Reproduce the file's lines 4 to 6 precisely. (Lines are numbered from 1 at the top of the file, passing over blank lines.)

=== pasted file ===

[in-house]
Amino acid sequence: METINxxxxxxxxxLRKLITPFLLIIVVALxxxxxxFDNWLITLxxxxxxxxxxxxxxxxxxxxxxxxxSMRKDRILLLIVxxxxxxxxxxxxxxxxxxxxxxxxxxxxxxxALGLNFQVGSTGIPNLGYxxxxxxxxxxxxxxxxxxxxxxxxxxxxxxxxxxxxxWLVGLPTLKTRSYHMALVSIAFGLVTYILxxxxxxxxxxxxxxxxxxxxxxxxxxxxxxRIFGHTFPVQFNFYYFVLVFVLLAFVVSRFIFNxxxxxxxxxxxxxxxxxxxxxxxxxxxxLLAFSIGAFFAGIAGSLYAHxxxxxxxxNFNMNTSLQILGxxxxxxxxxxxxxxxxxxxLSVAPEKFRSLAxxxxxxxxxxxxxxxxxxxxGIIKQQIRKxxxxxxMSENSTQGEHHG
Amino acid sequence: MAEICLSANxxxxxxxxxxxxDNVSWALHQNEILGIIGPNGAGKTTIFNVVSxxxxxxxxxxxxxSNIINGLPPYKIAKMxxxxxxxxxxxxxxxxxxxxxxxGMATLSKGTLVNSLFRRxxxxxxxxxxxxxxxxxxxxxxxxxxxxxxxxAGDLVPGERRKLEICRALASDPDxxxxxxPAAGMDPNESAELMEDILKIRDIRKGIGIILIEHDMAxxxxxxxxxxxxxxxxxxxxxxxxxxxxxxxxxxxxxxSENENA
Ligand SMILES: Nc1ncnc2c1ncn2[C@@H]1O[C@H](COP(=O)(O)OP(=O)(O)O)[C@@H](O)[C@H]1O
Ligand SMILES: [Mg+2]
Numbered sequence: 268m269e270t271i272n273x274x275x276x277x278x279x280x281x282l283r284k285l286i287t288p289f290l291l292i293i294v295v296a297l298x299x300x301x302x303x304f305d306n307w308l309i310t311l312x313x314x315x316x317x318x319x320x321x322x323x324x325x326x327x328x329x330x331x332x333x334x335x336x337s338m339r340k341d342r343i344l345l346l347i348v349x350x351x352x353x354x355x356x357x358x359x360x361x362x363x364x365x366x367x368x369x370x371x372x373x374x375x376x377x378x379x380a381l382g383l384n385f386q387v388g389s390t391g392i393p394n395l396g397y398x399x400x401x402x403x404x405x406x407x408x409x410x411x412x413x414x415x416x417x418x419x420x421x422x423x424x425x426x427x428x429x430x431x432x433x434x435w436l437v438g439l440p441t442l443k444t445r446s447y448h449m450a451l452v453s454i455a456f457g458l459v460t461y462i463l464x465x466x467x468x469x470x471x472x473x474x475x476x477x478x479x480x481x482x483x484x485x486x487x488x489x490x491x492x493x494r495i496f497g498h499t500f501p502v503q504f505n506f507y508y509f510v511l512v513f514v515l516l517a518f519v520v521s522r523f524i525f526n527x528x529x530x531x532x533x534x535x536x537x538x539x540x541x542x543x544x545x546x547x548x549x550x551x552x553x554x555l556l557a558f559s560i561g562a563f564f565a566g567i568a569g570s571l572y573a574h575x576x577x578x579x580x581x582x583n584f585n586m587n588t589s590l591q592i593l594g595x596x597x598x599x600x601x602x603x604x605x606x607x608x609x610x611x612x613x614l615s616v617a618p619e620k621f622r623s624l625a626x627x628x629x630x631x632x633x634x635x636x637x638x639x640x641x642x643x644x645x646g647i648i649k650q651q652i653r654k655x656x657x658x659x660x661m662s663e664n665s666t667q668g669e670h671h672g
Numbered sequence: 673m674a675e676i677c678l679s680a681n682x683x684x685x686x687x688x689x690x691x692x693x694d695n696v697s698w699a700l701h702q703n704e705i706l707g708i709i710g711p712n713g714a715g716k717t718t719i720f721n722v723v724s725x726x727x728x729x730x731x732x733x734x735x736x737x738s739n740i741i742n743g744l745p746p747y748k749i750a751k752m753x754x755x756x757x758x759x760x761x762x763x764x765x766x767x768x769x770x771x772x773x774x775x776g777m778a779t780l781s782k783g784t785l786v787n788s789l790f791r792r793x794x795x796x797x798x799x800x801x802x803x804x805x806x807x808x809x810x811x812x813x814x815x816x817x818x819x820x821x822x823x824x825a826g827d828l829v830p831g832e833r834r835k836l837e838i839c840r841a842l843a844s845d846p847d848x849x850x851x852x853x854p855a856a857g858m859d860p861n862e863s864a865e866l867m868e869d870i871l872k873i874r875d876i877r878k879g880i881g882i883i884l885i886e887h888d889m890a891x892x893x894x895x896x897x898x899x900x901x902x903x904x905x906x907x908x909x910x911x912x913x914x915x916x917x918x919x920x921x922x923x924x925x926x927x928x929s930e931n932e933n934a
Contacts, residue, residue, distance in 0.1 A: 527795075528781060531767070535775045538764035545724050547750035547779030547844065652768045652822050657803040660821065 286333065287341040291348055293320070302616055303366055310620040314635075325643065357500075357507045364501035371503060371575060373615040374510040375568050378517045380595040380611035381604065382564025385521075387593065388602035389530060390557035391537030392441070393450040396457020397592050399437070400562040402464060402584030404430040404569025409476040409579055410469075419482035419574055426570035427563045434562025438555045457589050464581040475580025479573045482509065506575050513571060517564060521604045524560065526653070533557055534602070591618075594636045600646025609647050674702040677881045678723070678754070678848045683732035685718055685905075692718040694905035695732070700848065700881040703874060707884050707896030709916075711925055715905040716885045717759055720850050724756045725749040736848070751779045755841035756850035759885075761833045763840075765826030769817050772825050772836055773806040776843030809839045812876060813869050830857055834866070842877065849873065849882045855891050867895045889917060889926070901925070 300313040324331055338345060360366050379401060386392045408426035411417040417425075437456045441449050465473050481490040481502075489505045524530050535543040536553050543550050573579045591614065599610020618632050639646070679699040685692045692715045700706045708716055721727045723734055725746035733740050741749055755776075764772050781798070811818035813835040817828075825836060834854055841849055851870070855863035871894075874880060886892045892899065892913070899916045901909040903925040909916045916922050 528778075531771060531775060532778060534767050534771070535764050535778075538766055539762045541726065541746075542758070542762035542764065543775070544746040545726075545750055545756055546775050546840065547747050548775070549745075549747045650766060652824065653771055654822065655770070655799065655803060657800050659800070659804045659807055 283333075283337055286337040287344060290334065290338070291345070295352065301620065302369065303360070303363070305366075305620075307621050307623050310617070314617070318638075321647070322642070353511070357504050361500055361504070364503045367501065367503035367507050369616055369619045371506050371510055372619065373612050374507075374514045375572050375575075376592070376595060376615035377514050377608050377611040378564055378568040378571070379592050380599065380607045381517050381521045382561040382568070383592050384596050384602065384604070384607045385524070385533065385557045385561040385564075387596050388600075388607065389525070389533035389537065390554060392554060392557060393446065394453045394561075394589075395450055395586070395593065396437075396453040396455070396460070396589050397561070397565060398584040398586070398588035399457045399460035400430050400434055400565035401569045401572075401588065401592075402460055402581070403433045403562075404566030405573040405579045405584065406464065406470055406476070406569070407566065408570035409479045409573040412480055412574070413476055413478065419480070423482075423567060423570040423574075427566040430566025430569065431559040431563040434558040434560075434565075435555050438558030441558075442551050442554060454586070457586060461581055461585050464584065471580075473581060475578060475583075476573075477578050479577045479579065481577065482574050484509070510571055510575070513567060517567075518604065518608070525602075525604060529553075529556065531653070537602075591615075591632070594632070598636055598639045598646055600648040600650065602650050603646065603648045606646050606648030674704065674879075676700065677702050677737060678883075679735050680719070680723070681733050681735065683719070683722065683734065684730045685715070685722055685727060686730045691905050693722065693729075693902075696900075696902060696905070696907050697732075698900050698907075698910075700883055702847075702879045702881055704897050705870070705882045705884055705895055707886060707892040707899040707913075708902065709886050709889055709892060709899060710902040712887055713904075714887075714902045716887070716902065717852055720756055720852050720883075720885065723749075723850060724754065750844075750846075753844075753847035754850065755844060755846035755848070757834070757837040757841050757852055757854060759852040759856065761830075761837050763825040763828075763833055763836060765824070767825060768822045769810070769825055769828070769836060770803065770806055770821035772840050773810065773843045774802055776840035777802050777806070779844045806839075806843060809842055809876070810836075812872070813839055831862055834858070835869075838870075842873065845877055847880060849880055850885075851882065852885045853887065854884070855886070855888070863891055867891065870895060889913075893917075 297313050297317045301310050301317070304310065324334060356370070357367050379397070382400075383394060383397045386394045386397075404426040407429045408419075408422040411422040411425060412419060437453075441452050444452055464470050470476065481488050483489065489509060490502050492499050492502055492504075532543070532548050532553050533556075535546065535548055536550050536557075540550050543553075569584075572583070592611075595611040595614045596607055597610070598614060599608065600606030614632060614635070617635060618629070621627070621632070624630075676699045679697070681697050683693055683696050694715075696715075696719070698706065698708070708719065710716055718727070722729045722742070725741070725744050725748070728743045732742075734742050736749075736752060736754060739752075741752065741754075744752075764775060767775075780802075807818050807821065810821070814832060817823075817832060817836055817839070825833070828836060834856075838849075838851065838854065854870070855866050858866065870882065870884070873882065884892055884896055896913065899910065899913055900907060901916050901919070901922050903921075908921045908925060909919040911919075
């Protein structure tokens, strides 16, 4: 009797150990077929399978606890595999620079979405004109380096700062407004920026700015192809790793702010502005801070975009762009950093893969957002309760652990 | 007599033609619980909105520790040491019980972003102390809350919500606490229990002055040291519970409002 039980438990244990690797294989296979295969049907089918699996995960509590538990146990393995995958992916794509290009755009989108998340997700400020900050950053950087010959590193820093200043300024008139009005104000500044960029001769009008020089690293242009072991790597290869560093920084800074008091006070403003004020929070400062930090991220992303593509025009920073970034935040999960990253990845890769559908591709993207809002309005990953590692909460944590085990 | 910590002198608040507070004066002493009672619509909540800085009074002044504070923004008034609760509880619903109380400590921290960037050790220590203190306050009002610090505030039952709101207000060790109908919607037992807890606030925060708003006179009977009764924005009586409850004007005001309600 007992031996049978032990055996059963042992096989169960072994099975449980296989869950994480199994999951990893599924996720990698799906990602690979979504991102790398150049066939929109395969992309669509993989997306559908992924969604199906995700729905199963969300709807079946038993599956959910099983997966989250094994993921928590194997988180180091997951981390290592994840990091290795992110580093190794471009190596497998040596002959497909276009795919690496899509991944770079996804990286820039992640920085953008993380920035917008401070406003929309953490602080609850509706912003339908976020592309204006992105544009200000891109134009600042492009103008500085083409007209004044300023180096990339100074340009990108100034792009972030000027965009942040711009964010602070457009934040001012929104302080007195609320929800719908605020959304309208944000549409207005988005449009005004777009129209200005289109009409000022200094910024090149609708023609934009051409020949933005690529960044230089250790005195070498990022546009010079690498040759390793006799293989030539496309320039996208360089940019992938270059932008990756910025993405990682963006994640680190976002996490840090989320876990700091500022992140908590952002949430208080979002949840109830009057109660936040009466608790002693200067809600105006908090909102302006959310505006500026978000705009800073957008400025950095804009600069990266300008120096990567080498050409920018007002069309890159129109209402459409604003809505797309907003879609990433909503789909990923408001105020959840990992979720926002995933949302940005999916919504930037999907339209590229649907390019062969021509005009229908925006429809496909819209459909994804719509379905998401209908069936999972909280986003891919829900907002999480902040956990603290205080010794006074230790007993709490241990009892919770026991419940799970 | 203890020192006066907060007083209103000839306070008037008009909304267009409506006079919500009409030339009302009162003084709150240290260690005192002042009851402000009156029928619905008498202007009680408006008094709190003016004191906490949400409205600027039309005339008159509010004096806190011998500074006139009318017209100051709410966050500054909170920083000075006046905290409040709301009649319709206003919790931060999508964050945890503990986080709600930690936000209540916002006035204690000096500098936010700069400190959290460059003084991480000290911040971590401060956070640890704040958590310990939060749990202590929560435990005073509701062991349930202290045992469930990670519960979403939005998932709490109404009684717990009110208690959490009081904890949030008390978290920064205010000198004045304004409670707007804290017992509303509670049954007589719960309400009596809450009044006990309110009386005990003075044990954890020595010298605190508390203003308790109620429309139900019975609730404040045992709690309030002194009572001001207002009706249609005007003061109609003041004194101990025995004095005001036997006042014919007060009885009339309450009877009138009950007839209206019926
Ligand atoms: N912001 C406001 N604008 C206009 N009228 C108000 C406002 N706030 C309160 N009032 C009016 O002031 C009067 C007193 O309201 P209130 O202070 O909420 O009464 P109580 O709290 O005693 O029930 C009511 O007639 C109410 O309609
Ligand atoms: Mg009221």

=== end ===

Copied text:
Ligand SMILES: Nc1ncnc2c1ncn2[C@@H]1O[C@H](COP(=O)(O)OP(=O)(O)O)[C@@H](O)[C@H]1O
Ligand SMILES: [Mg+2]
Numbered sequence: 268m269e270t271i272n273x274x275x276x277x278x279x280x281x282l283r284k285l286i287t288p289f290l291l292i293i294v295v296a297l298x299x300x301x302x303x304f305d306n307w308l309i310t311l312x313x314x315x316x317x318x319x320x321x322x323x324x325x326x327x328x329x330x331x332x333x334x335x336x337s338m339r340k341d342r343i344l345l346l347i348v349x350x351x352x353x354x355x356x357x358x359x360x361x362x363x364x365x366x367x368x369x370x371x372x373x374x375x376x377x378x379x380a381l382g383l384n385f386q387v388g389s390t391g392i393p394n395l396g397y398x399x400x401x402x403x404x405x406x407x408x409x410x411x412x413x414x415x416x417x418x419x420x421x422x423x424x425x426x427x428x429x430x431x432x433x434x435w436l437v438g439l440p441t442l443k444t445r446s447y448h449m450a451l452v453s454i455a456f457g458l459v460t461y462i463l464x465x466x467x468x469x470x471x472x473x474x475x476x477x478x479x480x481x482x483x484x485x486x487x488x489x490x491x492x493x494r495i496f497g498h499t500f501p502v503q504f505n506f507y508y509f510v511l512v513f514v515l516l517a518f519v520v521s522r523f524i525f526n527x528x529x530x531x532x533x534x535x536x537x538x539x540x541x542x543x544x545x546x547x548x549x550x551x552x553x554x555l556l557a558f559s560i561g562a563f564f565a566g567i568a569g570s571l572y573a574h575x576x577x578x579x580x581x582x583n584f585n586m587n588t589s590l591q592i593l594g595x596x597x598x599x600x601x602x603x604x605x606x607x608x609x610x611x612x613x614l615s616v617a618p619e620k621f622r623s624l625a626x627x628x629x630x631x632x633x634x635x636x637x638x639x640x641x642x643x644x645x646g647i648i649k650q651q652i653r654k655x656x657x658x659x660x661m662s663e664n665s666t667q668g669e670h671h672g